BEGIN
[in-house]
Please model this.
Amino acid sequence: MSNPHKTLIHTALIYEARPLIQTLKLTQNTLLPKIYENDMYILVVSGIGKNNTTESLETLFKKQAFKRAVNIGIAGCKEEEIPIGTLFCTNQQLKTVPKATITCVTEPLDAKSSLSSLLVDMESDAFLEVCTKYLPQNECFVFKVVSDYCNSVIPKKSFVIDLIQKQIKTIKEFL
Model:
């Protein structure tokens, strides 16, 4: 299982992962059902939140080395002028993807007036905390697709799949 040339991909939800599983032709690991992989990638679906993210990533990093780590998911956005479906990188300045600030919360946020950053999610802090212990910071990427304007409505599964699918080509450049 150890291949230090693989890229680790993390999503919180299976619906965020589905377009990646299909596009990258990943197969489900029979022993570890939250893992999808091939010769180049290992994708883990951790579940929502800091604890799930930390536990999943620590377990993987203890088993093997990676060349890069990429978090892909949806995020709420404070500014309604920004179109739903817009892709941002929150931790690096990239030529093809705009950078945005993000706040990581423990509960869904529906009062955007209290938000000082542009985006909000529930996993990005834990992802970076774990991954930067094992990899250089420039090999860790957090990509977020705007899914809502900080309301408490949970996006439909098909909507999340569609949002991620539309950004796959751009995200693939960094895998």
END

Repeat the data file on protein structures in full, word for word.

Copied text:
[in-house]
Please model this.
Amino acid sequence: MSNPHKTLIHTALIYEARPLIQTLKLTQNTLLPKIYENDMYILVVSGIGKNNTTESLETLFKKQAFKRAVNIGIAGCKEEEIPIGTLFCTNQQLKTVPKATITCVTEPLDAKSSLSSLLVDMESDAFLEVCTKYLPQNECFVFKVVSDYCNSVIPKKSFVIDLIQKQIKTIKEFL
Model:
């Protein structure tokens, strides 16, 4: 299982992962059902939140080395002028993807007036905390697709799949 040339991909939800599983032709690991992989990638679906993210990533990093780590998911956005479906990188300045600030919360946020950053999610802090212990910071990427304007409505599964699918080509450049 150890291949230090693989890229680790993390999503919180299976619906965020589905377009990646299909596009990258990943197969489900029979022993570890939250893992999808091939010769180049290992994708883990951790579940929502800091604890799930930390536990999943620590377990993987203890088993093997990676060349890069990429978090892909949806995020709420404070500014309604920004179109739903817009892709941002929150931790690096990239030529093809705009950078945005993000706040990581423990509960869904529906009062955007209290938000000082542009985006909000529930996993990005834990992802970076774990991954930067094992990899250089420039090999860790957090990509977020705007899914809502900080309301408490949970996006439909098909909507999340569609949002991620539309950004796959751009995200693939960094895998």